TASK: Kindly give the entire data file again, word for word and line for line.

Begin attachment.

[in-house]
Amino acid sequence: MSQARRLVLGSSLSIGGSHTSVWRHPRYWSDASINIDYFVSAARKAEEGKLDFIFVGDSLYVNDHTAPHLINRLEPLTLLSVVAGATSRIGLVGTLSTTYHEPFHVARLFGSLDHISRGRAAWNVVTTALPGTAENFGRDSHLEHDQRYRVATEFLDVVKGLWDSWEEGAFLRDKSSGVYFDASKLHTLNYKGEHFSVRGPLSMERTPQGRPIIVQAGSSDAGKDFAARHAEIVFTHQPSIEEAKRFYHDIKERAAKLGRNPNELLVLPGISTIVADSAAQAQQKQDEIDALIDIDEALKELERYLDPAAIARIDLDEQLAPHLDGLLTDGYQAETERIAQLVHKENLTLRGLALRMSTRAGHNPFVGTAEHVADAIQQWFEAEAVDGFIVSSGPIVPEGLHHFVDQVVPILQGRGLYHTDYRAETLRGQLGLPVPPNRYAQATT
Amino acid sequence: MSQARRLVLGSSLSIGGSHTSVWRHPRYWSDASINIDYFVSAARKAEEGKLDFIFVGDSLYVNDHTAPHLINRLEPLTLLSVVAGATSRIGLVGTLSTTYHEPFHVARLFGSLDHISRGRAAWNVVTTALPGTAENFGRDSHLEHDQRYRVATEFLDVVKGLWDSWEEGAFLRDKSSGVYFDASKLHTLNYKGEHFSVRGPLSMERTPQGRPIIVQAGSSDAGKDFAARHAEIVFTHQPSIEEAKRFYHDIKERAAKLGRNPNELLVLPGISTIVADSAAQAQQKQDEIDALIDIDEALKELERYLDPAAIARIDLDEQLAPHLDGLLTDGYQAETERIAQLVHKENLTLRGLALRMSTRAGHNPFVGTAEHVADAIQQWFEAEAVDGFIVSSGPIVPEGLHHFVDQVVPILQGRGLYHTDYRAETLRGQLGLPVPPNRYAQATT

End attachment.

[in-house]
Amino acid sequence: MSQARRLVLGSSLSIGGSHTSVWRHPRYWSDASINIDYFVSAARKAEEGKLDFIFVGDSLYVNDHTAPHLINRLEPLTLLSVVAGATSRIGLVGTLSTTYHEPFHVARLFGSLDHISRGRAAWNVVTTALPGTAENFGRDSHLEHDQRYRVATEFLDVVKGLWDSWEEGAFLRDKSSGVYFDASKLHTLNYKGEHFSVRGPLSMERTPQGRPIIVQAGSSDAGKDFAARHAEIVFTHQPSIEEAKRFYHDIKERAAKLGRNPNELLVLPGISTIVADSAAQAQQKQDEIDALIDIDEALKELERYLDPAAIARIDLDEQLAPHLDGLLTDGYQAETERIAQLVHKENLTLRGLALRMSTRAGHNPFVGTAEHVADAIQQWFEAEAVDGFIVSSGPIVPEGLHHFVDQVVPILQGRGLYHTDYRAETLRGQLGLPVPPNRYAQATT
Amino acid sequence: MSQARRLVLGSSLSIGGSHTSVWRHPRYWSDASINIDYFVSAARKAEEGKLDFIFVGDSLYVNDHTAPHLINRLEPLTLLSVVAGATSRIGLVGTLSTTYHEPFHVARLFGSLDHISRGRAAWNVVTTALPGTAENFGRDSHLEHDQRYRVATEFLDVVKGLWDSWEEGAFLRDKSSGVYFDASKLHTLNYKGEHFSVRGPLSMERTPQGRPIIVQAGSSDAGKDFAARHAEIVFTHQPSIEEAKRFYHDIKERAAKLGRNPNELLVLPGISTIVADSAAQAQQKQDEIDALIDIDEALKELERYLDPAAIARIDLDEQLAPHLDGLLTDGYQAETERIAQLVHKENLTLRGLALRMSTRAGHNPFVGTAEHVADAIQQWFEAEAVDGFIVSSGPIVPEGLHHFVDQVVPILQGRGLYHTDYRAETLRGQLGLPVPPNRYAQATT